‘We are the mainstream’: The rise of anti-immigration sentiment in new political parties

Immigration has become a pressing issue in Irish politics, but will that lead to electoral gains for the far right?

People at an anti-immigration demonstration in Dublin city centre on January 2023. Photograph: Alan Betson

Crooksling is about 8km south of Tallaght on the N81, close to the village of Brittas. The only thing of note in the townland is a large nursing home, St Brigid’s, that was closed down in March 2020.

In recent weeks, a rumour spread that the home might be the latest facility to be used to accommodate asylum seekers. Protests were organised. On Tuesday night this week, group of people from Brittas gathered on the verge of the N81. A large sign had been prepared that said: ‘Brittas Community Says No. Please Listen to Us’.

It was one of hundreds such protests that have taken place around immigration and accommodation centres in the past two years; there were 307 throughout the State in 2022 and a similar number in 2023. Among the local protesters on Tuesday were a small number of outsiders, waving Tricolours. Fergus Power, a far-right activist, was among them. He tweeted video footage of the protest. Another far-right actor, self-styled citizen journalist Philip Dwyer, had come to Crooksling the previous week and put up live video content on social media.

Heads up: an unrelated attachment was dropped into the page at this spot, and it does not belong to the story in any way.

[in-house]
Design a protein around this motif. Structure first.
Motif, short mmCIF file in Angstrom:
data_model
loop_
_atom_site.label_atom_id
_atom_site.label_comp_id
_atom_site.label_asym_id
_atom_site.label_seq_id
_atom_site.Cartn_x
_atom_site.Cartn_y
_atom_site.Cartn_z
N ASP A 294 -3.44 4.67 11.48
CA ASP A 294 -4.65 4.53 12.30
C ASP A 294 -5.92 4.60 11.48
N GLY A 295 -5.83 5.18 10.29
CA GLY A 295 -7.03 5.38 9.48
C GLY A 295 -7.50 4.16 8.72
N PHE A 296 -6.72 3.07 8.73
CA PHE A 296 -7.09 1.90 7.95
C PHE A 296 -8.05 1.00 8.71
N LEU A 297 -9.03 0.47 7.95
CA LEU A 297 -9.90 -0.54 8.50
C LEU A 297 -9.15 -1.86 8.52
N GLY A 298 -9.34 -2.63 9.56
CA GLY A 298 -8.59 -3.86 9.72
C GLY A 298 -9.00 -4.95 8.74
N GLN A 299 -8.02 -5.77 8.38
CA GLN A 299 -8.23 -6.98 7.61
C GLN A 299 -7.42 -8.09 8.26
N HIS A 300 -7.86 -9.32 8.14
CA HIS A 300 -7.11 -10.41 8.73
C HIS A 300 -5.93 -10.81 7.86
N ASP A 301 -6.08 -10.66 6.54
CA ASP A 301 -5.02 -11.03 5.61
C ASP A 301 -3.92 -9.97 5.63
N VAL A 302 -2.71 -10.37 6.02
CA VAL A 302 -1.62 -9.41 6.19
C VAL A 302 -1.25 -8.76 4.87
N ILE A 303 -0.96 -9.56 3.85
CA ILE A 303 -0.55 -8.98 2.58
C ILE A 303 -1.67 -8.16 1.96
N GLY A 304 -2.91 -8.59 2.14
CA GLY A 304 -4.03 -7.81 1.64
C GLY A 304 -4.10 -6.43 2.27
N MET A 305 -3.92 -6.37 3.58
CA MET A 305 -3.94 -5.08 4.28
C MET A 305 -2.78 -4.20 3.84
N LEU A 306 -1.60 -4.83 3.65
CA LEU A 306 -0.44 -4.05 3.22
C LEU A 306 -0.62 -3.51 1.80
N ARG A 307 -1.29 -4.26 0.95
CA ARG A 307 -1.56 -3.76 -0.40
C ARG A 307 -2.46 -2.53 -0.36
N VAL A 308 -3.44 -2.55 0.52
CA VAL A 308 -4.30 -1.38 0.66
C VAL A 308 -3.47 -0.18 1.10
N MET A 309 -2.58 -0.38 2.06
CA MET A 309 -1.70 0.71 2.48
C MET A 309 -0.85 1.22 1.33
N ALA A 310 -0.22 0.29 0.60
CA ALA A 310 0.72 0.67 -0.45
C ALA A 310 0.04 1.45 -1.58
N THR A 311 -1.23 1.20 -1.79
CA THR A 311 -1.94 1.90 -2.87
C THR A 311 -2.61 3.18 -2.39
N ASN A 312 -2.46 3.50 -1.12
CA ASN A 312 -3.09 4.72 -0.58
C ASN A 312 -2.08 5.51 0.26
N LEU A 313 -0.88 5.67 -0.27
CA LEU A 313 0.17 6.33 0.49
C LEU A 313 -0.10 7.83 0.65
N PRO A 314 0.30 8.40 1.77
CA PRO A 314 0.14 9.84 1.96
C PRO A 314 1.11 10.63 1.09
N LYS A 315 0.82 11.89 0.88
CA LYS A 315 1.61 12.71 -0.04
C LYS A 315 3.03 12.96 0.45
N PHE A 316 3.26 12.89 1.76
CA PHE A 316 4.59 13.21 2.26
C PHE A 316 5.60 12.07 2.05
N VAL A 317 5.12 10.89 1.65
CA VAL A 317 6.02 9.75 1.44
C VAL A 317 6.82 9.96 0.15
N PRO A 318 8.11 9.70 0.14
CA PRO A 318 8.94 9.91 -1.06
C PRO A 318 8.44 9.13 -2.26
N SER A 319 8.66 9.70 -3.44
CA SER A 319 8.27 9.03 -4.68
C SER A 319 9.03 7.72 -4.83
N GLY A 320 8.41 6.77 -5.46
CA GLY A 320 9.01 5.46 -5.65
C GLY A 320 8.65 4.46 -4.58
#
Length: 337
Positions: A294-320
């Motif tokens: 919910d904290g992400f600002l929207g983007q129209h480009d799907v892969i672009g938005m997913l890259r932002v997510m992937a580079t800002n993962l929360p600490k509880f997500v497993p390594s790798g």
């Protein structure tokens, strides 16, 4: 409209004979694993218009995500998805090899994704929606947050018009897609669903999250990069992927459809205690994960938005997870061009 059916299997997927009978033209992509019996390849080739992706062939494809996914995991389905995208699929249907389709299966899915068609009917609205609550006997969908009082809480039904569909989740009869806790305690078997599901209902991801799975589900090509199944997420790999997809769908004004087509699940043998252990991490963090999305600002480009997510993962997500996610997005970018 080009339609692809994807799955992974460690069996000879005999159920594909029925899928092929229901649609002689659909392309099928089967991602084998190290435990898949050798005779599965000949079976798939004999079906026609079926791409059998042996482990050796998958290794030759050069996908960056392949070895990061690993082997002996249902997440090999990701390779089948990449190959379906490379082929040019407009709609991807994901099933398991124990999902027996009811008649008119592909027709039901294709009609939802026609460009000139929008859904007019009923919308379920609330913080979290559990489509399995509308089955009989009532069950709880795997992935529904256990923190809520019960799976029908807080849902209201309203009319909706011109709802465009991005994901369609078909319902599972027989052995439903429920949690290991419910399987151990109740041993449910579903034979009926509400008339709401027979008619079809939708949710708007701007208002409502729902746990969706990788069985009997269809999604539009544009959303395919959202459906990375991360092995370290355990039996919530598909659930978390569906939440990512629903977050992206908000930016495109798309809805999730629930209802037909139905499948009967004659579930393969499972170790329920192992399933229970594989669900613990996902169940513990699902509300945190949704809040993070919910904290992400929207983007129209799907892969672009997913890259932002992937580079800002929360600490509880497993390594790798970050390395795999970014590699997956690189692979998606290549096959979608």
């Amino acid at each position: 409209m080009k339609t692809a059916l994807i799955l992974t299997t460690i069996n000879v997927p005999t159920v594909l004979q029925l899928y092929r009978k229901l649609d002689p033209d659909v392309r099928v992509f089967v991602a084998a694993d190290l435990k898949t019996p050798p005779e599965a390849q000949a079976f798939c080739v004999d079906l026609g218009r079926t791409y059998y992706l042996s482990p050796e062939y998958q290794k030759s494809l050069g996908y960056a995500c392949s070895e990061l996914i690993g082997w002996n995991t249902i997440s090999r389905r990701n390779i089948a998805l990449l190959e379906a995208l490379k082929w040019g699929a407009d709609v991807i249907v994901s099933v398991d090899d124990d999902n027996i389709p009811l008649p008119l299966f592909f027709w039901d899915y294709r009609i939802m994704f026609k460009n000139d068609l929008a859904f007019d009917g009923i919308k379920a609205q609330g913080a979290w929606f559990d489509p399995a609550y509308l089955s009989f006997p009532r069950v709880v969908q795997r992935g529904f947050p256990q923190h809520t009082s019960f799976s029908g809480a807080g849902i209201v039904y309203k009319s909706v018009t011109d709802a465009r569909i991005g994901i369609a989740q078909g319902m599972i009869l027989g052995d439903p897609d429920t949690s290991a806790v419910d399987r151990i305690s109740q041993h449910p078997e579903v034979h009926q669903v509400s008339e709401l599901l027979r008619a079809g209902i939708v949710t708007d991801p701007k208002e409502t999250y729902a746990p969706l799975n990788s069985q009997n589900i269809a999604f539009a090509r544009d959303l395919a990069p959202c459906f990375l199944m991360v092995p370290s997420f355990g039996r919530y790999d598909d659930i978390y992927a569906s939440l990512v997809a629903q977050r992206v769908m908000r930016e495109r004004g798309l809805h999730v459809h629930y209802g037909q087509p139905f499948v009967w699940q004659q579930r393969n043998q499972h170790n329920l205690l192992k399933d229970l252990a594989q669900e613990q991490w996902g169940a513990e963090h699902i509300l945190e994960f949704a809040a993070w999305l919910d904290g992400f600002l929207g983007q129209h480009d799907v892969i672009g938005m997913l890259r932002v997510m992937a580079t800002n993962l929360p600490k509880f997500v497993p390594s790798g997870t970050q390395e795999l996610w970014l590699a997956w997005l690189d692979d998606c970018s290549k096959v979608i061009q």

There is a group of far-right flying pickets who have shown up at big flashpoints, blockades and protests. They repeat the familiar tropes of “unvetted males”; “men of military age”; “Ireland is full” and “care for the Irish homeless first” – language with racist and xenophobic undertones. Those who protest are described as “patriots” and the accommodation centres portrayed as “plantation centres”.

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All are active on social media, focusing on producing video content in particular.

Besides Dwyer and Power, others in this group include Gavin Pepper, Michael O’Keeffe, Michael Brazil and Cork-based Derek Blighe. Members of this group have travelled to anti-immigration flashpoints that have sprang up in recent months, putting out “calls to action” to “patriots” to attend those protests.

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There is a playbook: to stoke up fears in communities, and to foment division and confrontation, says Mark Malone, researcher for Hope and Courage, an organisation that works with community groups and which monitors the activities and extremism of the far right.

“Those that are doing it on a regular basis, and are significant content producers, the inner core, it’s probably about 25 to 30 people,” he says.

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Unlike the rest of Europe where right-wing parties have gained significant support over the past decade, the right has remained a marginal presence in Ireland. The National Party, then led by Justin Barrett, ran 10 candidates in the 2020 general election, garnering only about 0.7 per cent support. Dwyer stood in Dublin South West and received 508 votes, and finished second last out of 16 candidates. The Irish Freedom Party, led by Hermann Kelly, ran 11 candidates in 2020, with an average of about 0.5 per cent of the vote.

Immigration was practically off the radar of Irish political discourse until the beginning of the war in Ukraine.